How Prof. Katja Nowack Shaped My Quantum Trajectory
March 8, 2023
When we reconnected earlier this year Prof. Katja Nowack (Physics department of Cornell) was surprised to hear that I consider her my scientific mentor. After all, she was ‘only’ a graduate student herself when she supervised my undergraduate research project. Yet, Prof. Nowack played a very important role in my early scientific career. Looking back, I realize that if it weren't for her, I may not have pursued an academic career in quantum information science. Her encouragement and guidance inspired me to explore this fascinating field more deeply, and her support gave me the confidence to pursue a graduate degree and eventually become a physics professor.
It was around 2006 and I distinctly remember the roaring press releases. ‘TU Delft Physicists make electron spin and turn’. The group of Prof. Lieven Vandersypen had managed to trap individual electrons in a gate defined semiconductor quantum dot and demonstrated single spin rotations. The experiment had connections to MRI, but with single spins, and could become a building block for future quantum computers. I got accepted to do a BSc thesis research project with the group and was tasked to improve electron spin on the setup that Katja was working on at the time.
My goal was to simulate so called composite pulse sequences that were invented for MRi applications to test if they could improve fidelity of the electron spin control pulses. I was assigned a desk and computer in the common coffee/student area and in the first weeks I remember being very overwhelmed by the realization that I did not know nearly enough about any of these topics. Katja spent countless hours with me to look at my Matlab code, teach me rotations on the Bloch sphere (‘doing the spin dance’) and later to proof-read my thesis. When the physics started to click and my simulations started to produce results, I remember Katja’s enthusiasm every time I would show her a new plot. Until then, I had never seriously considered a career in academia, but my experience in the group changed that perspective.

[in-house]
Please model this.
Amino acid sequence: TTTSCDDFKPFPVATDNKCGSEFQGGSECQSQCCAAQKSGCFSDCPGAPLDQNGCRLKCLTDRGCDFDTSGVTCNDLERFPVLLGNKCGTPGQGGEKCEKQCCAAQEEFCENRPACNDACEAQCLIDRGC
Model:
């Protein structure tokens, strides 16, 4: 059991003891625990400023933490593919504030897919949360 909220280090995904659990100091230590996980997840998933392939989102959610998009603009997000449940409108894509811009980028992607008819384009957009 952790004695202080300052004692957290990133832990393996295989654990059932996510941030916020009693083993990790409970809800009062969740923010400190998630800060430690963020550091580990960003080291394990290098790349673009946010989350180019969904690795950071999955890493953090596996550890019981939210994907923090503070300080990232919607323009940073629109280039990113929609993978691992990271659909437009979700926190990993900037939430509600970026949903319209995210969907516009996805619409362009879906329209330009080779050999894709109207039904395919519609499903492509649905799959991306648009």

I stayed in Delft to enter a master program and would occasionally run into Katja. We would catch up and towards the end of the conversation she would always ask me when I would rejoin the quantum group. Back then, I briefly considered delving into solar cell research, but with Katja's and Prof. Miriam Blaauboer's unwavering support and encouragement (the latter being a committee member for my undergraduate thesis), I found my true calling in 'Team Diamond'. That's where I did my master thesis and Ph.D. thesis work, focusing on quantum measurement and feedback using NV centers.
In the acknowledgments of her PhD thesis, Katja wrote: “Good luck with the rest of your PhD. Machiel, I am sure the composite pulses will be used sooner or later.” Her words proved prophetic, as I ended up using composite pulses in my PhD research, despite the fact that they were not utilized in the experiment during my undergraduate project.
Today, I am grateful for the impact that Prof. Katja Nowack had on my life and career. I recently had the pleasure of hosting her at the University of Rochester where she gave a talk and toured my lab (picture). I still admire her passion, enthusiasm, and care as a scientist, and I hope to pass on her legacy to my own students, inspiring them to pursue their passions and reach their full potential.
Assistant Professor of Physics
University of Rochester